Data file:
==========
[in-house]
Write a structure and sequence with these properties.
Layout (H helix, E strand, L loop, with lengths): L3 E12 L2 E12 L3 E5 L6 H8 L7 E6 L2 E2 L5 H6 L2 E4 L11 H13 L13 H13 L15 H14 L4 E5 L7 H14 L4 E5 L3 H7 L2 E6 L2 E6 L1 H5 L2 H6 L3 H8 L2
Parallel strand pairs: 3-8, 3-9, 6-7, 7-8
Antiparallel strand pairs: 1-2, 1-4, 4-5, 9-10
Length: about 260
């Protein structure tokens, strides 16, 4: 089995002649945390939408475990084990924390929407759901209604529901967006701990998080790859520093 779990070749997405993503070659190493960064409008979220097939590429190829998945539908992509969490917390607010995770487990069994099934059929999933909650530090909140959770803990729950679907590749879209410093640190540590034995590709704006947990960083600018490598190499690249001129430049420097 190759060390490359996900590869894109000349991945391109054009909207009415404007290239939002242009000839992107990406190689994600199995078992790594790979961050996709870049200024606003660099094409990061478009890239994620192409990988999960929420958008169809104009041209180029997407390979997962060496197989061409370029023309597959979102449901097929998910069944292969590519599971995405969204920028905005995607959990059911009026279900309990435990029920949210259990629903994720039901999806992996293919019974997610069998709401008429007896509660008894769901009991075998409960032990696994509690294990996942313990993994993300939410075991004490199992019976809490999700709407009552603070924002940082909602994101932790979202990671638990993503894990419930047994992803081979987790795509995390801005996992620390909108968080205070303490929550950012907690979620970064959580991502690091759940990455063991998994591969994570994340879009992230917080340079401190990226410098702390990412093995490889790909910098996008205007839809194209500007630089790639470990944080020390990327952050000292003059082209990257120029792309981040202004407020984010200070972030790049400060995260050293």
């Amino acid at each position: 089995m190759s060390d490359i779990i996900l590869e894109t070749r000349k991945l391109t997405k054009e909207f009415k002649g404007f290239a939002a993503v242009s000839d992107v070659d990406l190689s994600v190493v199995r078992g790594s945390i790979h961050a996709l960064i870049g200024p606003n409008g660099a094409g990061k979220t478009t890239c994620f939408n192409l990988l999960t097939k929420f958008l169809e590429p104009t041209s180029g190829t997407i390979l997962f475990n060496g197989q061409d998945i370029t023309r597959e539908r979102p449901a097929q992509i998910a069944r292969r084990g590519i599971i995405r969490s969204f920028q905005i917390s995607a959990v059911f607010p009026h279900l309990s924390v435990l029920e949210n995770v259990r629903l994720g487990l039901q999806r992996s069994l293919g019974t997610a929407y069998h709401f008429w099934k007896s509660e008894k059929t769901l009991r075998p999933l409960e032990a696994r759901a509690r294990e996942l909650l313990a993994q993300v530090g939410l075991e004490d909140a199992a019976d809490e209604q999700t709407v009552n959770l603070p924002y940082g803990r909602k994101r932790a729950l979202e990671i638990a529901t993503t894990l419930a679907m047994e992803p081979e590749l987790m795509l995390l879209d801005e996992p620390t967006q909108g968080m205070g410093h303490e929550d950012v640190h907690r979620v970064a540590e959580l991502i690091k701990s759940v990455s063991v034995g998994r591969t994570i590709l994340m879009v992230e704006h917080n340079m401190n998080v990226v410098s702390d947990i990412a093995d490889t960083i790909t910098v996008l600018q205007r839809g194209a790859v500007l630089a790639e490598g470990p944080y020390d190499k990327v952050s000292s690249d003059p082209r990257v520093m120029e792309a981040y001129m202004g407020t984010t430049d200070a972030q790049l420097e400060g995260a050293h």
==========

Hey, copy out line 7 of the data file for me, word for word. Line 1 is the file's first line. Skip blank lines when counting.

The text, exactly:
């Protein structure tokens, strides 16, 4: 089995002649945390939408475990084990924390929407759901209604529901967006701990998080790859520093 779990070749997405993503070659190493960064409008979220097939590429190829998945539908992509969490917390607010995770487990069994099934059929999933909650530090909140959770803990729950679907590749879209410093640190540590034995590709704006947990960083600018490598190499690249001129430049420097 190759060390490359996900590869894109000349991945391109054009909207009415404007290239939002242009000839992107990406190689994600199995078992790594790979961050996709870049200024606003660099094409990061478009890239994620192409990988999960929420958008169809104009041209180029997407390979997962060496197989061409370029023309597959979102449901097929998910069944292969590519599971995405969204920028905005995607959990059911009026279900309990435990029920949210259990629903994720039901999806992996293919019974997610069998709401008429007896509660008894769901009991075998409960032990696994509690294990996942313990993994993300939410075991004490199992019976809490999700709407009552603070924002940082909602994101932790979202990671638990993503894990419930047994992803081979987790795509995390801005996992620390909108968080205070303490929550950012907690979620970064959580991502690091759940990455063991998994591969994570994340879009992230917080340079401190990226410098702390990412093995490889790909910098996008205007839809194209500007630089790639470990944080020390990327952050000292003059082209990257120029792309981040202004407020984010200070972030790049400060995260050293």